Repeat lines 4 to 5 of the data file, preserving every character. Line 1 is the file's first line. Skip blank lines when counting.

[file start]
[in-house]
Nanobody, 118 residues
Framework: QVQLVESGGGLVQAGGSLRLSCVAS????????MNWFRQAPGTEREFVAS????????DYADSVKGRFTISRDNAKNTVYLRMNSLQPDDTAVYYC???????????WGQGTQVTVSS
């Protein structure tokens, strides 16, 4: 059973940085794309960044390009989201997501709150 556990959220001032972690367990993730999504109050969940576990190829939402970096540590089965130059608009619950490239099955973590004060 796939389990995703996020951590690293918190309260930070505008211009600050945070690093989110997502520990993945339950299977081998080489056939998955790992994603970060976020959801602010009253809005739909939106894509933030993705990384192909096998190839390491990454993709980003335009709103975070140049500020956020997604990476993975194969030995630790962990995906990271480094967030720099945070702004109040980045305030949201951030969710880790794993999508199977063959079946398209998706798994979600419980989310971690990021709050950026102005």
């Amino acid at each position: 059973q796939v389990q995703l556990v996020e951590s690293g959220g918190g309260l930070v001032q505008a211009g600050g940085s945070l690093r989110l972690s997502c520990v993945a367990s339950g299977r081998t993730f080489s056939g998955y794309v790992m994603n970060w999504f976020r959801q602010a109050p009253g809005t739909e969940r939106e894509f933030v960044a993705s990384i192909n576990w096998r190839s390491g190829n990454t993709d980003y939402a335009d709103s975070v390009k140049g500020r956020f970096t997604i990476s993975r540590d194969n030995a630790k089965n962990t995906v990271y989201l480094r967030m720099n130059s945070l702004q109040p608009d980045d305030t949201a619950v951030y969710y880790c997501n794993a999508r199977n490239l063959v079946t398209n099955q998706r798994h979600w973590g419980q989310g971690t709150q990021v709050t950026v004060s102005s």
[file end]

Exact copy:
């Protein structure tokens, strides 16, 4: 059973940085794309960044390009989201997501709150 556990959220001032972690367990993730999504109050969940576990190829939402970096540590089965130059608009619950490239099955973590004060 796939389990995703996020951590690293918190309260930070505008211009600050945070690093989110997502520990993945339950299977081998080489056939998955790992994603970060976020959801602010009253809005739909939106894509933030993705990384192909096998190839390491990454993709980003335009709103975070140049500020956020997604990476993975194969030995630790962990995906990271480094967030720099945070702004109040980045305030949201951030969710880790794993999508199977063959079946398209998706798994979600419980989310971690990021709050950026102005």
């Amino acid at each position: 059973q796939v389990q995703l556990v996020e951590s690293g959220g918190g309260l930070v001032q505008a211009g600050g940085s945070l690093r989110l972690s997502c520990v993945a367990s339950g299977r081998t993730f080489s056939g998955y794309v790992m994603n970060w999504f976020r959801q602010a109050p009253g809005t739909e969940r939106e894509f933030v960044a993705s990384i192909n576990w096998r190839s390491g190829n990454t993709d980003y939402a335009d709103s975070v390009k140049g500020r956020f970096t997604i990476s993975r540590d194969n030995a630790k089965n962990t995906v990271y989201l480094r967030m720099n130059s945070l702004q109040p608009d980045d305030t949201a619950v951030y969710y880790c997501n794993a999508r199977n490239l063959v079946t398209n099955q998706r798994h979600w973590g419980q989310g971690t709150q990021v709050t950026v004060s102005s």